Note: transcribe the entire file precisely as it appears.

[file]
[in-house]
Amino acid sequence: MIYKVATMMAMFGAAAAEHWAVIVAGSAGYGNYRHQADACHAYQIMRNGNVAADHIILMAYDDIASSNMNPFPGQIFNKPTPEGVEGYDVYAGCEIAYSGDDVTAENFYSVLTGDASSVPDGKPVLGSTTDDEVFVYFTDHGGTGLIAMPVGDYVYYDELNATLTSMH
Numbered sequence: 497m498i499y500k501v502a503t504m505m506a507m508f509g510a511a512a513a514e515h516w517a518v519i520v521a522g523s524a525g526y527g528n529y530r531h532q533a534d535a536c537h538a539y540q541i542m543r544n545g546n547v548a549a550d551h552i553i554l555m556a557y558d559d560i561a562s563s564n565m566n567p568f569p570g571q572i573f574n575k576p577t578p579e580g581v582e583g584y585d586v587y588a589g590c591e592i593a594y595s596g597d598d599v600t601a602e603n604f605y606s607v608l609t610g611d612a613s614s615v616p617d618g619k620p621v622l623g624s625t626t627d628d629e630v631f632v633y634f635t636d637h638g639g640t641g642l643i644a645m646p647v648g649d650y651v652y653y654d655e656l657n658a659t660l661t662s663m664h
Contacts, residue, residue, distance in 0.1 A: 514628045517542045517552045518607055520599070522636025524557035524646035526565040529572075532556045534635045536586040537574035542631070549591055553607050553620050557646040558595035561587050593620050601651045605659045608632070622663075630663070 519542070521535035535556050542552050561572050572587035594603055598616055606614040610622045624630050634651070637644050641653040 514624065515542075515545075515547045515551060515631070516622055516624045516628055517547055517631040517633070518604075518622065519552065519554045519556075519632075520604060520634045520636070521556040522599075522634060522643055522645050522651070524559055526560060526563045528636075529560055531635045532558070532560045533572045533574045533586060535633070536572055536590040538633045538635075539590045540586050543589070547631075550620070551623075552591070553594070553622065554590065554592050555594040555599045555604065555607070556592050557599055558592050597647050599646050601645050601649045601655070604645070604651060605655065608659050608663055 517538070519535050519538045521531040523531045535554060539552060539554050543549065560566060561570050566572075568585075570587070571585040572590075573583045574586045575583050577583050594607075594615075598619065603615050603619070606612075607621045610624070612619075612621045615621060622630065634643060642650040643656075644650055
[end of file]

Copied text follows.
[in-house]
Amino acid sequence: MIYKVATMMAMFGAAAAEHWAVIVAGSAGYGNYRHQADACHAYQIMRNGNVAADHIILMAYDDIASSNMNPFPGQIFNKPTPEGVEGYDVYAGCEIAYSGDDVTAENFYSVLTGDASSVPDGKPVLGSTTDDEVFVYFTDHGGTGLIAMPVGDYVYYDELNATLTSMH
Numbered sequence: 497m498i499y500k501v502a503t504m505m506a507m508f509g510a511a512a513a514e515h516w517a518v519i520v521a522g523s524a525g526y527g528n529y530r531h532q533a534d535a536c537h538a539y540q541i542m543r544n545g546n547v548a549a550d551h552i553i554l555m556a557y558d559d560i561a562s563s564n565m566n567p568f569p570g571q572i573f574n575k576p577t578p579e580g581v582e583g584y585d586v587y588a589g590c591e592i593a594y595s596g597d598d599v600t601a602e603n604f605y606s607v608l609t610g611d612a613s614s615v616p617d618g619k620p621v622l623g624s625t626t627d628d629e630v631f632v633y634f635t636d637h638g639g640t641g642l643i644a645m646p647v648g649d650y651v652y653y654d655e656l657n658a659t660l661t662s663m664h
Contacts, residue, residue, distance in 0.1 A: 514628045517542045517552045518607055520599070522636025524557035524646035526565040529572075532556045534635045536586040537574035542631070549591055553607050553620050557646040558595035561587050593620050601651045605659045608632070622663075630663070 519542070521535035535556050542552050561572050572587035594603055598616055606614040610622045624630050634651070637644050641653040 514624065515542075515545075515547045515551060515631070516622055516624045516628055517547055517631040517633070518604075518622065519552065519554045519556075519632075520604060520634045520636070521556040522599075522634060522643055522645050522651070524559055526560060526563045528636075529560055531635045532558070532560045533572045533574045533586060535633070536572055536590040538633045538635075539590045540586050543589070547631075550620070551623075552591070553594070553622065554590065554592050555594040555599045555604065555607070556592050557599055558592050597647050599646050601645050601649045601655070604645070604651060605655065608659050608663055 517538070519535050519538045521531040523531045535554060539552060539554050543549065560566060561570050566572075568585075570587070571585040572590075573583045574586045575583050577583050594607075594615075598619065603615050603619070606612075607621045610624070612619075612621045615621060622630065634643060642650040643656075644650055